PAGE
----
Continue Reading The $100 Million Question is Answered With Extrinsic Evidence, Not Contra Proferentem

The Connecticut Supreme Court’s Seventh Term begins today and ends on Thursday, April 6th. Here’s a look at the first week of the March/April term:

Monday, March 27, 2017

The Court starts the term by hearing oral argument in Munn v. Hotchkiss, SC 19525, which is a federal lawsuit that resulted in a $41.5 million verdict in favor of a fifteen year old student who contracted tick-borne encephalitis while on a study abroad program in China that was organized by her Connecticut high school. The Second Circuit certified to the Supreme Court the question of whether Connecticut public policy imposes a duty on schools to warn about or protect against the risk of a serious insect-borne disease when it organizes a trip abroad.  The second case of the day is State v. Holley, SC 19598, which is the State’s appeal from the Appellate Court’s decision reversing a felony murder conviction based on testimony from non-expert witnesses that went beyond the limitations on lay opinion set forth in Code of Evidence section 7-1.

Tuesday, March 28, 2017

The Court hears argument in Machado v. Taylor, SC 19838, where the State is claiming that it is shielded by sovereign immunity for injuries caused when a Department of Transportation truck hit the plaintiff’s vehicle because the plaintiff failed to prove that the State had obtained insurance coverage for its truck. In State v. Harris, SC 19649, the defendant, supported by an Innocence Project amicus brief, asks the Court to reconsider the test for eyewitness identifications in light of new scientific developments on the accuracy of such identifications.

Wednesday, March 29, 2017

The Court hears two criminal cases. The first, State v. Kelley, SC 19694, asks whether a trial court loses jurisdiction to find a defendant in violation of his probation when it fails to dispose of the charge within 120 days after the arraignment. State v. Houghtaling, SC 19510, presents a Fourth Amendment question as to whether a residential property owner has standing to object to a search when he is leasing the property.

Thursday, March 30, 2017

The first case of the day is Maturo v. State Employees Retirement Commission, SC 19831, which asks whether a retired municipal firefighter becomes ineligible for his pension when he gets elected to be the town’s mayor. The second case, James v. Commissioner of Correction, SC 19787, will address whether and how presentence confinement credits apply when the defendant’s convictions where obtained after multiple trials.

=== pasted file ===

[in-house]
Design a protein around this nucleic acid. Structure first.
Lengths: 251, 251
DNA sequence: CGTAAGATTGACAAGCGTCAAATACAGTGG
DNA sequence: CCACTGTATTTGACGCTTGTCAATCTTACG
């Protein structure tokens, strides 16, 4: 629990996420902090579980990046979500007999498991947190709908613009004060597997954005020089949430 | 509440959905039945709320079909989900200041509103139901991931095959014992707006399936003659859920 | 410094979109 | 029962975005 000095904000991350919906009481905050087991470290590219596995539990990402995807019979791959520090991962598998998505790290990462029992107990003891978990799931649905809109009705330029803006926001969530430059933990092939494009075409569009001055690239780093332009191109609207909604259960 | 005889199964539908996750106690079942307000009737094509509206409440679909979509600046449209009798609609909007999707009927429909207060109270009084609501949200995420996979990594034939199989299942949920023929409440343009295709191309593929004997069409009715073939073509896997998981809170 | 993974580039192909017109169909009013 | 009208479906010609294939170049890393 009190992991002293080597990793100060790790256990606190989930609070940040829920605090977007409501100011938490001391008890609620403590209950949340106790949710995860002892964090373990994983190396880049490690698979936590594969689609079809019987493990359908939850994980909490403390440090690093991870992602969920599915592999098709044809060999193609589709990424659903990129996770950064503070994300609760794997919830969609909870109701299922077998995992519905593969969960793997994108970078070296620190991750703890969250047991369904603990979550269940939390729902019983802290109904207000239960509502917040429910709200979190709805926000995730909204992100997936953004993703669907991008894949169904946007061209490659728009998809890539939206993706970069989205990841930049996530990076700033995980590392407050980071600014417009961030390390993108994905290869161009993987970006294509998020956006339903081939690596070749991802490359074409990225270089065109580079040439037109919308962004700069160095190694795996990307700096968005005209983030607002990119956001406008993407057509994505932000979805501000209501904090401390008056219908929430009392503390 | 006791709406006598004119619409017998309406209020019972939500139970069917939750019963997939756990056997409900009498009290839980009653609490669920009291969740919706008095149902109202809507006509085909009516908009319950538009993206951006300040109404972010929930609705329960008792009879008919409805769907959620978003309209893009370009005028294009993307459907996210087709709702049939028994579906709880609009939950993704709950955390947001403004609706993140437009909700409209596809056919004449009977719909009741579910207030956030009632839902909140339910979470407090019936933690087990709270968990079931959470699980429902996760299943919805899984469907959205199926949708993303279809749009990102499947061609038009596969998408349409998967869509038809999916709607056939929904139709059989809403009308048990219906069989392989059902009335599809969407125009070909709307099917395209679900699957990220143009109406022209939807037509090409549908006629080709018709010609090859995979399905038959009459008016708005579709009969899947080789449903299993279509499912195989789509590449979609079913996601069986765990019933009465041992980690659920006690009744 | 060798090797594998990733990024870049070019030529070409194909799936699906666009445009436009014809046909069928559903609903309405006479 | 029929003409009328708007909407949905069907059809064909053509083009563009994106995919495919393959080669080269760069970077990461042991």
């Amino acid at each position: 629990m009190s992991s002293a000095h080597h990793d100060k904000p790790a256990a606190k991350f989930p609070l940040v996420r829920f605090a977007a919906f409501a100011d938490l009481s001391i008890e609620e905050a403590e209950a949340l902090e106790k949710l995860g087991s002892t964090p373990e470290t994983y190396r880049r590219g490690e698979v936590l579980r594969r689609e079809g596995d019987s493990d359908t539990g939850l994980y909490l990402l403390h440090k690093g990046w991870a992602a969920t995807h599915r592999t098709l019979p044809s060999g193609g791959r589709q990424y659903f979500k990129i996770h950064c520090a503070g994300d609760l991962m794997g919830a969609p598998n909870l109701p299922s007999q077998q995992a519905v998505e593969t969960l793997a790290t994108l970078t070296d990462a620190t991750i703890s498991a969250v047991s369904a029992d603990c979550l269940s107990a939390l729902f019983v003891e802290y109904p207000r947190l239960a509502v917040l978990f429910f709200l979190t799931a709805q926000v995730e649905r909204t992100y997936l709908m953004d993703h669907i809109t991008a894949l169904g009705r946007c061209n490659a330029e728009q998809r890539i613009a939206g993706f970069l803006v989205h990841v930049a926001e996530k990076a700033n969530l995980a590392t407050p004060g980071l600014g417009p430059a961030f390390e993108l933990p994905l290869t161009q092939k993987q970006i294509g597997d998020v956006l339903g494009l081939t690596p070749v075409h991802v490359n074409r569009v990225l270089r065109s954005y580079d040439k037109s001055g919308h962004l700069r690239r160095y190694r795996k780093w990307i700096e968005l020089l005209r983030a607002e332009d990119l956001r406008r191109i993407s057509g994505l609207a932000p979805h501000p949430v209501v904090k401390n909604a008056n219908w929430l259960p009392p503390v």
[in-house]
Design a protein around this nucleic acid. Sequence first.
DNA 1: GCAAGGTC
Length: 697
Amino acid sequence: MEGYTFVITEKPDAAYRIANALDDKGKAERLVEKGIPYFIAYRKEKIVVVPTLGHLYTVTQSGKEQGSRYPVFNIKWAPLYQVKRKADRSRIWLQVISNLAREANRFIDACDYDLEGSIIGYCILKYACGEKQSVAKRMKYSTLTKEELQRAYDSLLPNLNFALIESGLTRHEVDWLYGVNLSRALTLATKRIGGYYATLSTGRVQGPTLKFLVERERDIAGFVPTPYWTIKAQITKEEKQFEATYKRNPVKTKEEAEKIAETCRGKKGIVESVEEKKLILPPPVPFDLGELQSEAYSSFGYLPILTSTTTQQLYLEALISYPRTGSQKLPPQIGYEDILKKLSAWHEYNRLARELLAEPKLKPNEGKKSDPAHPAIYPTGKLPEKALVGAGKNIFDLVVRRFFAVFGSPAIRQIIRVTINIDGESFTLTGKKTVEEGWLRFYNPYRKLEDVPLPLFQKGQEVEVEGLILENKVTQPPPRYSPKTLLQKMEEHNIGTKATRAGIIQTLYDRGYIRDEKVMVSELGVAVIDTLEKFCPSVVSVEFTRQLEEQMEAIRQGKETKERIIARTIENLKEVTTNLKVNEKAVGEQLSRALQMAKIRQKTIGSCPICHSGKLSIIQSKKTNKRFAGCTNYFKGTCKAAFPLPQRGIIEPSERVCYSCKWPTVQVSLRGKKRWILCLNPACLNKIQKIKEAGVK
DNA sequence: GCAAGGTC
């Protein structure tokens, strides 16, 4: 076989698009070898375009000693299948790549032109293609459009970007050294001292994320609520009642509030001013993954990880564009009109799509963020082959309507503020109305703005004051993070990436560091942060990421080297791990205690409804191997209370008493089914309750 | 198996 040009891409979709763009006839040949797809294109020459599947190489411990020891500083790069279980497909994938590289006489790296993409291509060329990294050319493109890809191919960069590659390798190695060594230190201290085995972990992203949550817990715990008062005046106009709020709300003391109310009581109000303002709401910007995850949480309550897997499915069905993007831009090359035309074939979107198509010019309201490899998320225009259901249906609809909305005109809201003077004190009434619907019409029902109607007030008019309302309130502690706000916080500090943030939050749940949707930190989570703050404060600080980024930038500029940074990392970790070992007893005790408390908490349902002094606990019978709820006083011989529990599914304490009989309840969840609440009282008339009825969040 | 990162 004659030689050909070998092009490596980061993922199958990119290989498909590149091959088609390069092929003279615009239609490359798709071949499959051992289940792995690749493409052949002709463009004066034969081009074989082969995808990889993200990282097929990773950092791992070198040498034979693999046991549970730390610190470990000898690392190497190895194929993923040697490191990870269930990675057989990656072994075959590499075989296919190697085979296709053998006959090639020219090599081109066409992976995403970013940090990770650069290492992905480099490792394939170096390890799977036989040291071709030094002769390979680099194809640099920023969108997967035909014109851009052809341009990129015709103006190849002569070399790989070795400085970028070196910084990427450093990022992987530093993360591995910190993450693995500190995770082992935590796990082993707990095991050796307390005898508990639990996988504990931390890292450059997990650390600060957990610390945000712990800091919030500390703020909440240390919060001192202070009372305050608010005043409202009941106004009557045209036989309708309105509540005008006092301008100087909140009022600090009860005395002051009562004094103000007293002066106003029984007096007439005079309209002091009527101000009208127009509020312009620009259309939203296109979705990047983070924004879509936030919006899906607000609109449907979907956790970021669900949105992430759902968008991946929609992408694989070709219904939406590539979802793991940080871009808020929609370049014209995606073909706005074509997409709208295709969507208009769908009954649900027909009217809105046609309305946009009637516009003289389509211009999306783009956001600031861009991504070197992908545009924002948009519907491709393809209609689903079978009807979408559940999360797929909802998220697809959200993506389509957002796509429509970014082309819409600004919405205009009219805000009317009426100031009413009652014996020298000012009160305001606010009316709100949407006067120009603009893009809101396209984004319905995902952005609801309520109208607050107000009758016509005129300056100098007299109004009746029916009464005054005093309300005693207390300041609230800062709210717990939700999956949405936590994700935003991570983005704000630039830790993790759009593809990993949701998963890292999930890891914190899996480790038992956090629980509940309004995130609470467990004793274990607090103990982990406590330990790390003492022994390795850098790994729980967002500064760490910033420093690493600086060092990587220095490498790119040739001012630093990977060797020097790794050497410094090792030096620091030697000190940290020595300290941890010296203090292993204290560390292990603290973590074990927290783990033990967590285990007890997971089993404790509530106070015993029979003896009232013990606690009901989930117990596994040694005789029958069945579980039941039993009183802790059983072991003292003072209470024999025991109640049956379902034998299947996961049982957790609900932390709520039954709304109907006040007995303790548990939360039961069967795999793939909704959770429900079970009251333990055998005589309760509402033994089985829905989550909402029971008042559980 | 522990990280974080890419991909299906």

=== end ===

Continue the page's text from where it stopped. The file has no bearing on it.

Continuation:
The Connecticut Supreme Court’s February term begins today and ends on Thursday with the Court hearing six cases this week.

Tuesday, February 21st

The Court starts the term by hearing oral argument in Lyme Land Conservation Trust, Inc. v. Beverly Platner et al., SC 19797, where the Court will consider whether the plaintiff-land trust and the Attorney General proved at trial that the defendant’s landscaping activities on residential property violated a “conservation restriction” contained in the deed to preserve the property in its natural condition.

The second case of the day is State v. Jerzy G., SC 19641, where the issue is whether a defendant who has been deported has the right to appeal his criminal conviction. In State v. Aquino, 279 Conn. 293 (2006), the Supreme Court had held that when a defendant is deported, any challenge to the conviction becomes moot because there is no “practical relief” available to the deportee. In Jerzy G., the Supreme Court is being asked to reconsider that decision.

Wednesday, February 22nd

The Court hears two cases, Sepega v. LeLaura, SC 19683, and Lund v. Milford Hospital, SC 19834, where it is being asked to interpret the scope of the “firefighters rule.” The rule holds that firefighters and police officers cannot sue a property owner for injuries suffered during the performance of their duties on the premises. In both Sepega and Lund, the plaintiff-police officers claim that the rule should be limited only to premises liability cases and should not bar claims alleging other negligence on the part of the property owner.